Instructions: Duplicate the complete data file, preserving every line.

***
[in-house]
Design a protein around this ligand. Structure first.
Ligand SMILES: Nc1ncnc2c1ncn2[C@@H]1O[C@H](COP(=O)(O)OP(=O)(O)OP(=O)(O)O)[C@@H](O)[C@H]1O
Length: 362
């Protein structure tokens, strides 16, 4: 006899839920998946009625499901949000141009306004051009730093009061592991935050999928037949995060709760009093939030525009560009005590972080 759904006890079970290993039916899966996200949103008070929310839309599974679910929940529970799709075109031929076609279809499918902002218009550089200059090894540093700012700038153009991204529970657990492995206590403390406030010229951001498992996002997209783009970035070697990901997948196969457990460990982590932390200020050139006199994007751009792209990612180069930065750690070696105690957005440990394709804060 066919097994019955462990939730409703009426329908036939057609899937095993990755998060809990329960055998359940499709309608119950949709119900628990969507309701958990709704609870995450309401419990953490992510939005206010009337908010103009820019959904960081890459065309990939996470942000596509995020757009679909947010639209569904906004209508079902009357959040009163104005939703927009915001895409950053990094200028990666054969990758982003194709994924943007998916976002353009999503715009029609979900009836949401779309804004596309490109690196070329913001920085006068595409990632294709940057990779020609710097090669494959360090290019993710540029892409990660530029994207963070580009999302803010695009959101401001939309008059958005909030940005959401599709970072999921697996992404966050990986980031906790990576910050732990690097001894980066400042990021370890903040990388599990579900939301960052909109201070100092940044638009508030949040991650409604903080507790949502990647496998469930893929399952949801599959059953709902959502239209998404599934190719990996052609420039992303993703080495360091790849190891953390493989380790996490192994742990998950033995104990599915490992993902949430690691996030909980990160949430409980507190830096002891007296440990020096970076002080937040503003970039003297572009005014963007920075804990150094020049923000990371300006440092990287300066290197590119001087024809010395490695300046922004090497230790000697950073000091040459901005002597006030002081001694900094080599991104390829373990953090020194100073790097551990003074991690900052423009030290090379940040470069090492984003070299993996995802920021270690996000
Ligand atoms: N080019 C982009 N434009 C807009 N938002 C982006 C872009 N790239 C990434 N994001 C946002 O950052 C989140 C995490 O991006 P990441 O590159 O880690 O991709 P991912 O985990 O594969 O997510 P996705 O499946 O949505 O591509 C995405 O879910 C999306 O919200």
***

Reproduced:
[in-house]
Design a protein around this ligand. Structure first.
Ligand SMILES: Nc1ncnc2c1ncn2[C@@H]1O[C@H](COP(=O)(O)OP(=O)(O)OP(=O)(O)O)[C@@H](O)[C@H]1O
Length: 362
């Protein structure tokens, strides 16, 4: 006899839920998946009625499901949000141009306004051009730093009061592991935050999928037949995060709760009093939030525009560009005590972080 759904006890079970290993039916899966996200949103008070929310839309599974679910929940529970799709075109031929076609279809499918902002218009550089200059090894540093700012700038153009991204529970657990492995206590403390406030010229951001498992996002997209783009970035070697990901997948196969457990460990982590932390200020050139006199994007751009792209990612180069930065750690070696105690957005440990394709804060 066919097994019955462990939730409703009426329908036939057609899937095993990755998060809990329960055998359940499709309608119950949709119900628990969507309701958990709704609870995450309401419990953490992510939005206010009337908010103009820019959904960081890459065309990939996470942000596509995020757009679909947010639209569904906004209508079902009357959040009163104005939703927009915001895409950053990094200028990666054969990758982003194709994924943007998916976002353009999503715009029609979900009836949401779309804004596309490109690196070329913001920085006068595409990632294709940057990779020609710097090669494959360090290019993710540029892409990660530029994207963070580009999302803010695009959101401001939309008059958005909030940005959401599709970072999921697996992404966050990986980031906790990576910050732990690097001894980066400042990021370890903040990388599990579900939301960052909109201070100092940044638009508030949040991650409604903080507790949502990647496998469930893929399952949801599959059953709902959502239209998404599934190719990996052609420039992303993703080495360091790849190891953390493989380790996490192994742990998950033995104990599915490992993902949430690691996030909980990160949430409980507190830096002891007296440990020096970076002080937040503003970039003297572009005014963007920075804990150094020049923000990371300006440092990287300066290197590119001087024809010395490695300046922004090497230790000697950073000091040459901005002597006030002081001694900094080599991104390829373990953090020194100073790097551990003074991690900052423009030290090379940040470069090492984003070299993996995802920021270690996000
Ligand atoms: N080019 C982009 N434009 C807009 N938002 C982006 C872009 N790239 C990434 N994001 C946002 O950052 C989140 C995490 O991006 P990441 O590159 O880690 O991709 P991912 O985990 O594969 O997510 P996705 O499946 O949505 O591509 C995405 O879910 C999306 O919200």